Monday, December 10, 2012

Teaching our genes new tricks

One of the concepts in the book I'm reading (Deep Nutrition, Why Your Genes Need Traditional Food) speaks to our genes' ability to learn even as we age. I initially fought that concept as completely foreign to what I've been taught to believe, but over the last several months of trying to discard my preconceptions, I've had a change in attitude.

Dr. Shanahan writes of our cellular structure, and what has been learned from the Human Genome Project that has led to the new field of Epigenetics. Each cell in our bodies contains a nucleus, floating inside the cytoplasm, like the yolk of an egg. This nucleus holds 46 chromosomes, and each chromosome contains up to 300 MILLION pairs of nucleic acids. She says if we could stretch out the strands of all the DNA in a single human body, it would stretch to the moon and back more than 5,000 times!

That's a LOT of chemical information, but in reality our genes only make up 2% of the structure of a cell. The other 98% was thought to be "junk" because scientists didn't know what it was, or how it functioned.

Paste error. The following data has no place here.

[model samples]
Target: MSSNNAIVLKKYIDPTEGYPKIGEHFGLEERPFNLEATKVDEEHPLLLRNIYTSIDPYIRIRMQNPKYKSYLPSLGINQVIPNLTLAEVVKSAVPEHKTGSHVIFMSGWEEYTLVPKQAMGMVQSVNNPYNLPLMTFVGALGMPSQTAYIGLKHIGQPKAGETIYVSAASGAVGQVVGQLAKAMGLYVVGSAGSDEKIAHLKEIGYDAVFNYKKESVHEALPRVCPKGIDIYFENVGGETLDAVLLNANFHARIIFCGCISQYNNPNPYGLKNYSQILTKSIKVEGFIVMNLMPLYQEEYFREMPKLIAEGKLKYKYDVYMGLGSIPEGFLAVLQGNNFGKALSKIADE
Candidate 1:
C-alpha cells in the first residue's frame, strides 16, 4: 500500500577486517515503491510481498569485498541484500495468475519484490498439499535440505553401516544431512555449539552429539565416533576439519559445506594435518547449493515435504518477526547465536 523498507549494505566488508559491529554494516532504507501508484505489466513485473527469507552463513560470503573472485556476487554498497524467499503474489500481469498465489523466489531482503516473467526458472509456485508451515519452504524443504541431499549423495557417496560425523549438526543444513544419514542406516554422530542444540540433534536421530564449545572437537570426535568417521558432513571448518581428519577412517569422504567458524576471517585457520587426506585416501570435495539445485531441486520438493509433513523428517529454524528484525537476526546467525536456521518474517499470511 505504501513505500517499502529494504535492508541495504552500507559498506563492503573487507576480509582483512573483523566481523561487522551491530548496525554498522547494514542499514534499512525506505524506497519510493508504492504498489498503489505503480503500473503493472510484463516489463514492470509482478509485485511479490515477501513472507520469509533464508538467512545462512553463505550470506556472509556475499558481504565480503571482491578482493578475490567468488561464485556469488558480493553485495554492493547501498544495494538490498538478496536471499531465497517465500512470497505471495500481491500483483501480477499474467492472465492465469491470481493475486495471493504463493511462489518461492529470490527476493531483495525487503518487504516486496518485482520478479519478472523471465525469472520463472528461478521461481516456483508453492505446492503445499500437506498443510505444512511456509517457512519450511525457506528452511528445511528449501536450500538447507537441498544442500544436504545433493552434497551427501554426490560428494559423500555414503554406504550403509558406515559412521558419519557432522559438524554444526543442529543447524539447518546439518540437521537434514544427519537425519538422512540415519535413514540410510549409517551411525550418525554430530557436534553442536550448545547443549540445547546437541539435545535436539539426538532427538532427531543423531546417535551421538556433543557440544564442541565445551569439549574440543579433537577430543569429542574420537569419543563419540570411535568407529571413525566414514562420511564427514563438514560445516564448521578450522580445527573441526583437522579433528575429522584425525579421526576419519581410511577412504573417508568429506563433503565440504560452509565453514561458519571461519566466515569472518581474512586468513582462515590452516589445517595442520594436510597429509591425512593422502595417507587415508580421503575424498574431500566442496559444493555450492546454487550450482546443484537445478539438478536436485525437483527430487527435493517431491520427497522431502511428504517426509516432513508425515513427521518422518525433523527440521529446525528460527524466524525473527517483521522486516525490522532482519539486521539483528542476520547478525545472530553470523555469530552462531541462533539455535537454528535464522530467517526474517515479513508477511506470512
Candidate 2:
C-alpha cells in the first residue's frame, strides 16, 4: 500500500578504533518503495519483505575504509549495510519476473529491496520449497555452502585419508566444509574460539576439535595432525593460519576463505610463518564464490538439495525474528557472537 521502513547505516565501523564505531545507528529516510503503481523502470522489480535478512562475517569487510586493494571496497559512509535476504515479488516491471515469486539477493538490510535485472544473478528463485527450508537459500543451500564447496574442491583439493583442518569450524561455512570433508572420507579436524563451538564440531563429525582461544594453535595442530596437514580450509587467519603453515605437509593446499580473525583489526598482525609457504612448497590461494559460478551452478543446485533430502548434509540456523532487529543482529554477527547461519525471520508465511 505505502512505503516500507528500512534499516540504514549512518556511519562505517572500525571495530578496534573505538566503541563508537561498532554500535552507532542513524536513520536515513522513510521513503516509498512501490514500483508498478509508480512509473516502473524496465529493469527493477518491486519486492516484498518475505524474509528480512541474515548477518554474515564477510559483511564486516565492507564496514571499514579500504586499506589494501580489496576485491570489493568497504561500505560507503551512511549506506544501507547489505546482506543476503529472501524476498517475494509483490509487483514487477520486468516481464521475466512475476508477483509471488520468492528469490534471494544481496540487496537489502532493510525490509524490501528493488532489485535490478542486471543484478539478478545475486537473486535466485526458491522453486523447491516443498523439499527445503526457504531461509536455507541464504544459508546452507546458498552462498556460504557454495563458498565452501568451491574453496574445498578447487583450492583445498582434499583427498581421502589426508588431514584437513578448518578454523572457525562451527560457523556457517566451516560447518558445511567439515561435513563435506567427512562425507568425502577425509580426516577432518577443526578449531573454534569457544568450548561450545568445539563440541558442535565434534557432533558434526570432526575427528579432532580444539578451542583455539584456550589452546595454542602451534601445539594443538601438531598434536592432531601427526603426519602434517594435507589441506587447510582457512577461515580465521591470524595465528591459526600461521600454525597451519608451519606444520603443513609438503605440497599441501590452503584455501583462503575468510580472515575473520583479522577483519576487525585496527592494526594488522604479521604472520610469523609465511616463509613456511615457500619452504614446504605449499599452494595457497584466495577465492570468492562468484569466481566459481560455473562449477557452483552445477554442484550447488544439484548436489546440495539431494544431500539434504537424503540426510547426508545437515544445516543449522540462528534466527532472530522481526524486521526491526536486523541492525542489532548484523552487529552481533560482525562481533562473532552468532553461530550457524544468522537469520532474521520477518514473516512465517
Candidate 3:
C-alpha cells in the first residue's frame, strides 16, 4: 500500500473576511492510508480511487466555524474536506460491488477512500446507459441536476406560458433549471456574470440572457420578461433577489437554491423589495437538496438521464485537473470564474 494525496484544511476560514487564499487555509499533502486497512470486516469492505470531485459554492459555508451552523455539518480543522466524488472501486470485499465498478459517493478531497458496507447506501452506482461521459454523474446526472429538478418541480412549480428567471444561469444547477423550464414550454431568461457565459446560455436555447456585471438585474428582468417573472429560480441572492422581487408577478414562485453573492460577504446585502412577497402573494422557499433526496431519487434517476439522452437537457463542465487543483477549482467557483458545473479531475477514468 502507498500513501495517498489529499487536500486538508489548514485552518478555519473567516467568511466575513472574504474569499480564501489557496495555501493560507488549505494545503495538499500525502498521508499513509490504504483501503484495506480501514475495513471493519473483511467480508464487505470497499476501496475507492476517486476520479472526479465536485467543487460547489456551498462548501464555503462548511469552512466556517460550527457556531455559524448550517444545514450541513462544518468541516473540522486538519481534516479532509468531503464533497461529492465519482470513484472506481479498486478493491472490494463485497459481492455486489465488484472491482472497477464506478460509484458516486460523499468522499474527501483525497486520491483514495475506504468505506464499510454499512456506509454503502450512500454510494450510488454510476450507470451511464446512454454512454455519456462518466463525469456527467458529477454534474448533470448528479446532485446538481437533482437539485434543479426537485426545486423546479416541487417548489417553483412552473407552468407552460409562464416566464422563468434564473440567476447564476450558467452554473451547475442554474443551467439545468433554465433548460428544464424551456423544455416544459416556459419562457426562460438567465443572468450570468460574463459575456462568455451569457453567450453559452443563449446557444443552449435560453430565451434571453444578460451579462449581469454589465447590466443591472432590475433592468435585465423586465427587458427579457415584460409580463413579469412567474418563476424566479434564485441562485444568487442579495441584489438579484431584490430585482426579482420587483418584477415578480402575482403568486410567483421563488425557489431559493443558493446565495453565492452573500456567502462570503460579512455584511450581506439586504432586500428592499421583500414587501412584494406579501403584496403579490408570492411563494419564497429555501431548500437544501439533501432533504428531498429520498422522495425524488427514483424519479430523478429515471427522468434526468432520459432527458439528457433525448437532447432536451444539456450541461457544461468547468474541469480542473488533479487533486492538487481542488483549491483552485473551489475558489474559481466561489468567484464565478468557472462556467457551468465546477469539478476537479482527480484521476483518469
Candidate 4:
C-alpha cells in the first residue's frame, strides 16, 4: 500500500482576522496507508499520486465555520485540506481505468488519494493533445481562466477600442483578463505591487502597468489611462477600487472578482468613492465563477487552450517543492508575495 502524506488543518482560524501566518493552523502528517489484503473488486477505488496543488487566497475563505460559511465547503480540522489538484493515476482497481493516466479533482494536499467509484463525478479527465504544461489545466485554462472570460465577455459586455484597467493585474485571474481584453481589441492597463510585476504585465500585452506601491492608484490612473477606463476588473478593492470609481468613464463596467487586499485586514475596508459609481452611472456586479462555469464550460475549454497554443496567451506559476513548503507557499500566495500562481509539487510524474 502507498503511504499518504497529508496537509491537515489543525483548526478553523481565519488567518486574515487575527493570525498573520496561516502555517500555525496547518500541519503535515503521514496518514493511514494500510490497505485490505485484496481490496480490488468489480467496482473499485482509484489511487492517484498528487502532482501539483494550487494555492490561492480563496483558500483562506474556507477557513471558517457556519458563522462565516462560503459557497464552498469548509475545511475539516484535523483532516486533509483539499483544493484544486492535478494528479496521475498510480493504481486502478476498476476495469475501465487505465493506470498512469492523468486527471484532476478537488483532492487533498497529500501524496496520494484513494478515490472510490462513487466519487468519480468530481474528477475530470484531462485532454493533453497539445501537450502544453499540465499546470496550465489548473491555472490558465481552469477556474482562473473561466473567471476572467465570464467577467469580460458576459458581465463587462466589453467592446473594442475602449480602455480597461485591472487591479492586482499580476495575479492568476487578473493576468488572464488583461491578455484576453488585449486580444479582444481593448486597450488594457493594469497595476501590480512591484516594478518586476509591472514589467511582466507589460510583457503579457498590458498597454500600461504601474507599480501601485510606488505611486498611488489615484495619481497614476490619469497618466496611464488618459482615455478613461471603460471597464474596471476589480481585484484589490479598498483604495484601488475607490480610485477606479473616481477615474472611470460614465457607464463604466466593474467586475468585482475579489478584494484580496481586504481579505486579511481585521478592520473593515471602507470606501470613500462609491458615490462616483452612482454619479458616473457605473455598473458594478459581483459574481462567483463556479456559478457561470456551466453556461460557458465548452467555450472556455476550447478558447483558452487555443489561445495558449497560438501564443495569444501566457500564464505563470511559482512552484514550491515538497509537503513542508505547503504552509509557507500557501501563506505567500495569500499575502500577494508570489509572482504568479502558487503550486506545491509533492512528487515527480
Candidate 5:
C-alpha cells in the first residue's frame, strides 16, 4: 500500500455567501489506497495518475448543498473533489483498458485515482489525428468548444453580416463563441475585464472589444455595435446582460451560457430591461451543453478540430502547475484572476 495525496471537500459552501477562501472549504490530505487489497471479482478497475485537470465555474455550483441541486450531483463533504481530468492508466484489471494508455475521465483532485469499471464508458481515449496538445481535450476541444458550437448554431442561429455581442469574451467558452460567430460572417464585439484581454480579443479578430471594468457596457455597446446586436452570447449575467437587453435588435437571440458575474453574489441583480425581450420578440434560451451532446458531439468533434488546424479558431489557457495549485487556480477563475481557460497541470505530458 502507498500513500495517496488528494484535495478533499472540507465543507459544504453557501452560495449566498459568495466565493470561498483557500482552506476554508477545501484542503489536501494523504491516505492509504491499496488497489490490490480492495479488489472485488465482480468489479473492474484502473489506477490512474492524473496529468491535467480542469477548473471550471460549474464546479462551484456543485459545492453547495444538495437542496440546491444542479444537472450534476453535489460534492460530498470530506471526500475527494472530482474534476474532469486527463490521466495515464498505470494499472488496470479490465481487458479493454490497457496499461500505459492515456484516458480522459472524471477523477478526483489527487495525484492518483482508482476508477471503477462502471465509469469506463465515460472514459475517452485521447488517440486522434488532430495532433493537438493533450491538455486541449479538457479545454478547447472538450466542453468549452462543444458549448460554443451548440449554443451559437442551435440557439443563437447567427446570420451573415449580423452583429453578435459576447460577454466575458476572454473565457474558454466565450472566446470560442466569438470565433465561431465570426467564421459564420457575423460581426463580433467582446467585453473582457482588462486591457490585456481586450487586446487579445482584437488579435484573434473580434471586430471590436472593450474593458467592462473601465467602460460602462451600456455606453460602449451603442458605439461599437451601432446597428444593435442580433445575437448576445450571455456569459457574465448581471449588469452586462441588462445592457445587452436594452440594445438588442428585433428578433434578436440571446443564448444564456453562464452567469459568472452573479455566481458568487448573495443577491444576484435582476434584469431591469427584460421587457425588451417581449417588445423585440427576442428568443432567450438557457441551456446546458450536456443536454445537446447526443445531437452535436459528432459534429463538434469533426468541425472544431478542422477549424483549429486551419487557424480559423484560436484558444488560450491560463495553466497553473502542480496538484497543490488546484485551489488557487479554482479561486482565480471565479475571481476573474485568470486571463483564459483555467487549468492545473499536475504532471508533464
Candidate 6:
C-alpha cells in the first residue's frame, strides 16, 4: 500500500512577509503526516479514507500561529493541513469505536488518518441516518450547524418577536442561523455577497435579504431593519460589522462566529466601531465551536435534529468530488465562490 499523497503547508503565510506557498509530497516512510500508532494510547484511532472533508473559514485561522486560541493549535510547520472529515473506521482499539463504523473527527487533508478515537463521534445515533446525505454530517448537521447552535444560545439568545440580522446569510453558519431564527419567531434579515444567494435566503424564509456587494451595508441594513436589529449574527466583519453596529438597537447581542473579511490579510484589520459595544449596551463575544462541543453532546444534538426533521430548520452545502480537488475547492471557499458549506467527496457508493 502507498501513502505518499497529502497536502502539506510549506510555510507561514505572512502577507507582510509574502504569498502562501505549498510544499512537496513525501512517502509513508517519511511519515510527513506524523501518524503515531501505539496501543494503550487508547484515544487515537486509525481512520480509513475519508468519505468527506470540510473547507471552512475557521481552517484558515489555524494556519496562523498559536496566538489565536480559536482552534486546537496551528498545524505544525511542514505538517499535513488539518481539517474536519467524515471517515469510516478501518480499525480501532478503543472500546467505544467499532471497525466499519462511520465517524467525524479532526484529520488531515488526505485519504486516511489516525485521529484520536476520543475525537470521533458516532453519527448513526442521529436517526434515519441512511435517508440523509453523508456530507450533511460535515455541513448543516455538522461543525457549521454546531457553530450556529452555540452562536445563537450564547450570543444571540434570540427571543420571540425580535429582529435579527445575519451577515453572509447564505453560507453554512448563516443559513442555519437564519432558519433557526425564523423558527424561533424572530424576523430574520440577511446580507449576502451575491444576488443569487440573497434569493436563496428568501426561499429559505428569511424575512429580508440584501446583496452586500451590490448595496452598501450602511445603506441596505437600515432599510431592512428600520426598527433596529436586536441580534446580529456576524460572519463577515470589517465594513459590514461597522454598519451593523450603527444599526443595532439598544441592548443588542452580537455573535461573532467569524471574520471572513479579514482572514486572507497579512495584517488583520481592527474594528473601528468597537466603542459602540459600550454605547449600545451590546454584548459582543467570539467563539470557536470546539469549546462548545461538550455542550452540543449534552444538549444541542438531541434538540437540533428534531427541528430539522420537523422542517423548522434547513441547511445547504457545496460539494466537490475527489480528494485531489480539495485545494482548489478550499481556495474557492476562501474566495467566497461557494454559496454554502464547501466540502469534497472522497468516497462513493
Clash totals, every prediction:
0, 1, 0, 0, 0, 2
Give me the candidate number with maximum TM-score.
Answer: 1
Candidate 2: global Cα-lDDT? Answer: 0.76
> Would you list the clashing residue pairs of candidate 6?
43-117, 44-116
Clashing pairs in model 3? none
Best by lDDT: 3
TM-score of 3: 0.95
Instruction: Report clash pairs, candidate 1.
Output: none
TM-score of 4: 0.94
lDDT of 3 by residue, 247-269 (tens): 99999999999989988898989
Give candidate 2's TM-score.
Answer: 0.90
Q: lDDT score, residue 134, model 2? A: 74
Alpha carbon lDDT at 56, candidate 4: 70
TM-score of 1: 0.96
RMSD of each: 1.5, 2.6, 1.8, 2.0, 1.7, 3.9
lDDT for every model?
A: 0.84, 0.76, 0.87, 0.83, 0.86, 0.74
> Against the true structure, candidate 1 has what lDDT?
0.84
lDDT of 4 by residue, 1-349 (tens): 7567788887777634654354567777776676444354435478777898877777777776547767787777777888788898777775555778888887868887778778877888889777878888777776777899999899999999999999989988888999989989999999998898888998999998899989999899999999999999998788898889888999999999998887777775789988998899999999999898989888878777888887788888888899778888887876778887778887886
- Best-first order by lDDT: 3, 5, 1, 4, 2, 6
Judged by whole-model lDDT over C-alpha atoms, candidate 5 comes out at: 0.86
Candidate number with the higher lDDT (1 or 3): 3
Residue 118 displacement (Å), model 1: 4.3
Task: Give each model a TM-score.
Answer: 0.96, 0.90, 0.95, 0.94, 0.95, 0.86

Now epigenetic scientists are discovering the "junk" is really a massive, complicated regulatory center, assisting our biology in the never-ending, moment-to-moment decision-making. It responds to every molecule that we put into our bodies (and even the air we breathe), and when it's fed real food, it knows how to produce health. When it gets junk, it gets crazy, jumbled signals that ultimately lead to dis-ease.

Our genes make decisions based in part by the chemical information in the foods we eat. In effect, our DNA collects information from food, and it is in our best interests to give it the best food we can.

Plus, our genes have to be activated for results. One example the author gives is calcium and Vitamin D. If the gene for building bone gets both, then it can perform as it should. But if we are too low or even depleted of Vitamin D, all the calcium we can ingest will not build or repair bone.

Think about this: a single sperm cell mated with a single-celled egg to produce each of us. As the cells divided, how did our genes/DNA know whether to make an eyeball, or a foot?

At some point I will talk about Dr. Shanahan's food suggestions, although they are not a whit different than what I have posted about over the last 3 years. Sometimes we just need reminders.

This post is just a short distillation of some of her text on how our bodies actually function at the cellular level, something she takes pages and pages to explain. I could not begin to explain it, and can only encourage you to read her book if you want to understand and gain better health, and better genes to pass along to future generations.

1 comment:

  1. Now I have my copy back, I think it's time to read it yet again. That will make 4 times in 1 year, and each time I've taken something else away to mull over.

    Superb book!


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